Great to see Government’s commitment to heat being supported through a new £6 million grant funding programme to help Local Authorities (LAs) in England and Wales to develop new heating and cooling networks, and expand existing networks.
To win a share of the funding, local authorities must bring forward ambitious and innovative proposals to develop and deliver heat networks that – as much as possible – draw their heat energy from renewable, sustainable or recoverable sources.
This could include any system in which heat is generated off-site by renewable or recovered sources such as waste heat from industry, energy from waste plants and biomass combined heat and power. Many university campuses, new mixed commercial and residential developments and high rise flats draw their heat from these systems.
“Local authorities are at the heart of creating new city centre district heating schemes, and this welcome announcement shows that central government is serious about supporting them in this task”.
This is a great opportunity for cities in the UK to deliver projects and align with the EU Funding programme in development across the local enterprises across the country. Currently, District Heating only provides about 1 to 2 per cent of the U.K.’s heat demand, yet analysis has shown, that it could supply as much as 14 per cent of the U.K.’s heat demand over time. This would be a cost-effective and ultimately viable alternative to individual energy efficient technologies and also help reduce energy bills for customers.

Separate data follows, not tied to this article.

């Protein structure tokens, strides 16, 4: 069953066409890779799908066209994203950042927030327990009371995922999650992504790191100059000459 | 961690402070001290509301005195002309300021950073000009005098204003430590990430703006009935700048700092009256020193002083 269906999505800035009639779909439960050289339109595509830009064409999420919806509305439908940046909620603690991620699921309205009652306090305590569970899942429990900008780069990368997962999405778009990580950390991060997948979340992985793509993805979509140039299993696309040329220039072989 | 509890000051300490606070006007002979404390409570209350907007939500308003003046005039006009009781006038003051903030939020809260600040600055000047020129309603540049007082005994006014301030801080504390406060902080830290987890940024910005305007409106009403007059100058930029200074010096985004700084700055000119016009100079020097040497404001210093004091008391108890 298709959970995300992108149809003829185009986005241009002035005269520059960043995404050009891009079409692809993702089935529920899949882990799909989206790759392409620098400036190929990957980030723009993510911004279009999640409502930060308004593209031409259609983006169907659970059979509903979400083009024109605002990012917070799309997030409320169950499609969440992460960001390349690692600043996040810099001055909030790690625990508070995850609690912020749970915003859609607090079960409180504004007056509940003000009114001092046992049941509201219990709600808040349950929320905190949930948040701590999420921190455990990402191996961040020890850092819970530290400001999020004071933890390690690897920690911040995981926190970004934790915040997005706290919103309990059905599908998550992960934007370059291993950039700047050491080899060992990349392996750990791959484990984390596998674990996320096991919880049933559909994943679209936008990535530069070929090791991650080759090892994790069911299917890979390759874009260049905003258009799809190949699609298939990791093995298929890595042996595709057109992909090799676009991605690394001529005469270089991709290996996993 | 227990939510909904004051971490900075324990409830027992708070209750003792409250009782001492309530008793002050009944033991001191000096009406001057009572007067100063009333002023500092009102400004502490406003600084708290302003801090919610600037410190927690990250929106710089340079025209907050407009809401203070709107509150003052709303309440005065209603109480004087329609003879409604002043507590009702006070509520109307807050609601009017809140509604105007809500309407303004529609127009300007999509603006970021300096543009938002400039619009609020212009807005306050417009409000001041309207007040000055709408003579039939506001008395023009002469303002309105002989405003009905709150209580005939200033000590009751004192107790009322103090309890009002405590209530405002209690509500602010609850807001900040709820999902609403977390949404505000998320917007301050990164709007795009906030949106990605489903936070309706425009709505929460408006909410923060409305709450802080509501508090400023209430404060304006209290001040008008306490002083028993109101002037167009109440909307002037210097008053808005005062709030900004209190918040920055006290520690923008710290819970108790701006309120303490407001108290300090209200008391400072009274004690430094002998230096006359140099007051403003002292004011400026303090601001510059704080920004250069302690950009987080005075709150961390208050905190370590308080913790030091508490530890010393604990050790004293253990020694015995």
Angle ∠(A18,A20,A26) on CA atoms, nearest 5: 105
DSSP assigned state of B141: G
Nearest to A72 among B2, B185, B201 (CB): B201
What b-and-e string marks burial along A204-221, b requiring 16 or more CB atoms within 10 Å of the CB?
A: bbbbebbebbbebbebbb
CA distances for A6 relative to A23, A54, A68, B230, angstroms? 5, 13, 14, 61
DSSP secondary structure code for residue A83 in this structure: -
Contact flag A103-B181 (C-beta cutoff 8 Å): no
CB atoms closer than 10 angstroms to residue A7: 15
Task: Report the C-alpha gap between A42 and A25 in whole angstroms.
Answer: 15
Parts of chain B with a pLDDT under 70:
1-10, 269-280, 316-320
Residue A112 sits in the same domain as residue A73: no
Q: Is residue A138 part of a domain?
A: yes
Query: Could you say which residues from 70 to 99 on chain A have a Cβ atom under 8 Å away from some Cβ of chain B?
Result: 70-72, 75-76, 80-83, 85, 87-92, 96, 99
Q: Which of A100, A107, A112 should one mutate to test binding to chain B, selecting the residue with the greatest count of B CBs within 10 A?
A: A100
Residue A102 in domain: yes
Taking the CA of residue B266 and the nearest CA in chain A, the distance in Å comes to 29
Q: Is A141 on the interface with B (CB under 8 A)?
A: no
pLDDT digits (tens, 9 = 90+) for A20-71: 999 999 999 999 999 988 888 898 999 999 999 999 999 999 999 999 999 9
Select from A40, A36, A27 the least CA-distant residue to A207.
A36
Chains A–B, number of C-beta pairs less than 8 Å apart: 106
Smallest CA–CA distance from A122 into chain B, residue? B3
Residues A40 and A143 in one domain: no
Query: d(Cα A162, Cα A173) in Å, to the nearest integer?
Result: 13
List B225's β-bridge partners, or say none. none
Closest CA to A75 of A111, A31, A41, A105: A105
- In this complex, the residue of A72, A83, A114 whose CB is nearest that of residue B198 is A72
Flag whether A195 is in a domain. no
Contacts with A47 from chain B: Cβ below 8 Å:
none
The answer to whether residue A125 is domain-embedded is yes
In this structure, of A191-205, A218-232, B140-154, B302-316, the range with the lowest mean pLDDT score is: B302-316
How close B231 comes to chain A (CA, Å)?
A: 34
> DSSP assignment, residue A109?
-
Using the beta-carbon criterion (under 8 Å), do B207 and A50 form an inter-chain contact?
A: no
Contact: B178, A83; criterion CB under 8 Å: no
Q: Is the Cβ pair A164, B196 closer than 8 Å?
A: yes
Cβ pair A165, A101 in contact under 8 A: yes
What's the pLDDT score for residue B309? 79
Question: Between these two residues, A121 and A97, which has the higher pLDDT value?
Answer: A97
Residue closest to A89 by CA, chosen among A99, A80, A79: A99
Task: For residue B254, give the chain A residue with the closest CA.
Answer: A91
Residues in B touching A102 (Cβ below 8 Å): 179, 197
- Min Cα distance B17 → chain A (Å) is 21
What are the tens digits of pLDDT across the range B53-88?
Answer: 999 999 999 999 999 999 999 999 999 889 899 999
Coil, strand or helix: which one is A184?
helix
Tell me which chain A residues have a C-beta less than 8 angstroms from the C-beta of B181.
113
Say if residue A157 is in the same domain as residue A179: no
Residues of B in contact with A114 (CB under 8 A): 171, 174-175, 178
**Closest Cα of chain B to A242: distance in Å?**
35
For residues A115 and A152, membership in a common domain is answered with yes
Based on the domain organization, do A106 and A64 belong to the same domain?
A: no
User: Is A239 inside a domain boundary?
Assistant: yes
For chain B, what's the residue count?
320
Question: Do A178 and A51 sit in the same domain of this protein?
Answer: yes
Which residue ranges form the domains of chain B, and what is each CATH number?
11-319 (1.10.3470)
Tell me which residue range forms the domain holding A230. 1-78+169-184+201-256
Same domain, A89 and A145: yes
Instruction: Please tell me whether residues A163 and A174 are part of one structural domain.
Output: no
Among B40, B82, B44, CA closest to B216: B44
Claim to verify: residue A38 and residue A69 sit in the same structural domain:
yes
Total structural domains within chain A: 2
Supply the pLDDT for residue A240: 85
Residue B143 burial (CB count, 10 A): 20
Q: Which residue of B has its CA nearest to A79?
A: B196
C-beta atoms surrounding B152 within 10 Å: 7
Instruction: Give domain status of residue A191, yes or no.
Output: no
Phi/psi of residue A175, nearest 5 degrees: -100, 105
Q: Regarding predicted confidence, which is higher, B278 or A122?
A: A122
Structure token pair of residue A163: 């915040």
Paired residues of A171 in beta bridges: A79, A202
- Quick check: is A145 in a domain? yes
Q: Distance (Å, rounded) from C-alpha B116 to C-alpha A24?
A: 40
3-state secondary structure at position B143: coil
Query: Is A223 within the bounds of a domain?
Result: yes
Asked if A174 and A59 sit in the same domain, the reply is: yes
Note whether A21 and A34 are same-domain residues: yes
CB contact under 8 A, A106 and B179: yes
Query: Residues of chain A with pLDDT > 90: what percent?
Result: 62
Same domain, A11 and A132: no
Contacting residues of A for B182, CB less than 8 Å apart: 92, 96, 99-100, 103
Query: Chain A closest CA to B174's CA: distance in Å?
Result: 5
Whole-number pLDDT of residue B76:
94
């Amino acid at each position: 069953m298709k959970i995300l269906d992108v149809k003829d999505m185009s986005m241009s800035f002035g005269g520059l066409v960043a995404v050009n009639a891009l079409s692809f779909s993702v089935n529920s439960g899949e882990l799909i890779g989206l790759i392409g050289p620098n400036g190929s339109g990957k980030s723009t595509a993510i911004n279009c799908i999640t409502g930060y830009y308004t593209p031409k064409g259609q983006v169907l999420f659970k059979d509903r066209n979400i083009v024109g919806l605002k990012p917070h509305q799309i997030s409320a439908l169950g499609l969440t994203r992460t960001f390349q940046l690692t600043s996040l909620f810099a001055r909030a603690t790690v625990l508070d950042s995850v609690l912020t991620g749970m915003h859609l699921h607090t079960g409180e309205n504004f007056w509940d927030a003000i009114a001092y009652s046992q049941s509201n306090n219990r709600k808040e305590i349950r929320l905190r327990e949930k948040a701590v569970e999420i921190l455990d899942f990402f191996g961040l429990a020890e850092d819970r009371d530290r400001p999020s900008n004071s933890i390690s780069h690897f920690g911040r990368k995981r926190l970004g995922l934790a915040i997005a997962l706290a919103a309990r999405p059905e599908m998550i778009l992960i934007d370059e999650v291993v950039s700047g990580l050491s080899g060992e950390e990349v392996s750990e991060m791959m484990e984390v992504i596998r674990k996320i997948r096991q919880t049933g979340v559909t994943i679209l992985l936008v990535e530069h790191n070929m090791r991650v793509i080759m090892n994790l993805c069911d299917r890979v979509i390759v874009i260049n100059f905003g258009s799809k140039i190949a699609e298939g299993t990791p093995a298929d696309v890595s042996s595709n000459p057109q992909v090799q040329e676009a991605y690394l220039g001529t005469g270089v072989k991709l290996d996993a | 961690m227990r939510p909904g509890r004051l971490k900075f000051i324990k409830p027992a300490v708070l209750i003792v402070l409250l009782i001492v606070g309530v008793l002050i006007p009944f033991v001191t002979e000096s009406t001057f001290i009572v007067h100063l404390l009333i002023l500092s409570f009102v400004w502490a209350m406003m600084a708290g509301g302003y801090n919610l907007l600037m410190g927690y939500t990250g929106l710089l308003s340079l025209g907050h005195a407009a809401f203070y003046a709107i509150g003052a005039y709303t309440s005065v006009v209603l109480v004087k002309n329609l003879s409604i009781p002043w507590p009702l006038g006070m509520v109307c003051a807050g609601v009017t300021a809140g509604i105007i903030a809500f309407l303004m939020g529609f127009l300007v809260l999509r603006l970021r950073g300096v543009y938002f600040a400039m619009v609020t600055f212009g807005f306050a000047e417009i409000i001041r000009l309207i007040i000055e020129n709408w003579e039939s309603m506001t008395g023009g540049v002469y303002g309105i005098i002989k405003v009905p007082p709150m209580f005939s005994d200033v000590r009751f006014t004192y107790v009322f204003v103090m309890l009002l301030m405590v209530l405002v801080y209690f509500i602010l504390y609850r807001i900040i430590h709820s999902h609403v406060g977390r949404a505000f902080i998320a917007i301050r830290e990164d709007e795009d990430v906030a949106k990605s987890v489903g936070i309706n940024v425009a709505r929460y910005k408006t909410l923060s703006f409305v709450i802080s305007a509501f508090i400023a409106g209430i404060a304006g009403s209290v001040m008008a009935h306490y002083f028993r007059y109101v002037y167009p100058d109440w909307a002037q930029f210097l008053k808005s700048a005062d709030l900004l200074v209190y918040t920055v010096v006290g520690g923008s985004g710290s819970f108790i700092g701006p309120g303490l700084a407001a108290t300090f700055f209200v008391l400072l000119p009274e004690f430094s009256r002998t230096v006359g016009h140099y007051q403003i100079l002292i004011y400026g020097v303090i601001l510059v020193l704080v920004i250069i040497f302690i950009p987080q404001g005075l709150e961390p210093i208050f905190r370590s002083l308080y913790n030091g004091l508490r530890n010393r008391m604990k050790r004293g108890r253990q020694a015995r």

Best suited in urban areas with a mix of varying building types and a high heat demand, district heating has the ability to generate heat at minimum costs and thus, in effect, can contribute towards the ultimate aim, of a reduction in fuel poverty and an increase in the U.K.’s overall energy efficiency as a result. Around 200,000 dwellings in the UK are estimated as being served by the district heating scheme to date.
The scheme is currently used, in the main, by buildings with an area of community ownership, such as a university campus or hospital site. Further use has been seen in the non-dwelling sector, one example of such a scheme being in Sheffield. This is the U.K.’s largest district heating schemes, consisting of 44 Km of pipe work, serving 140 buildings across the city, including two universities and various municipal buildings.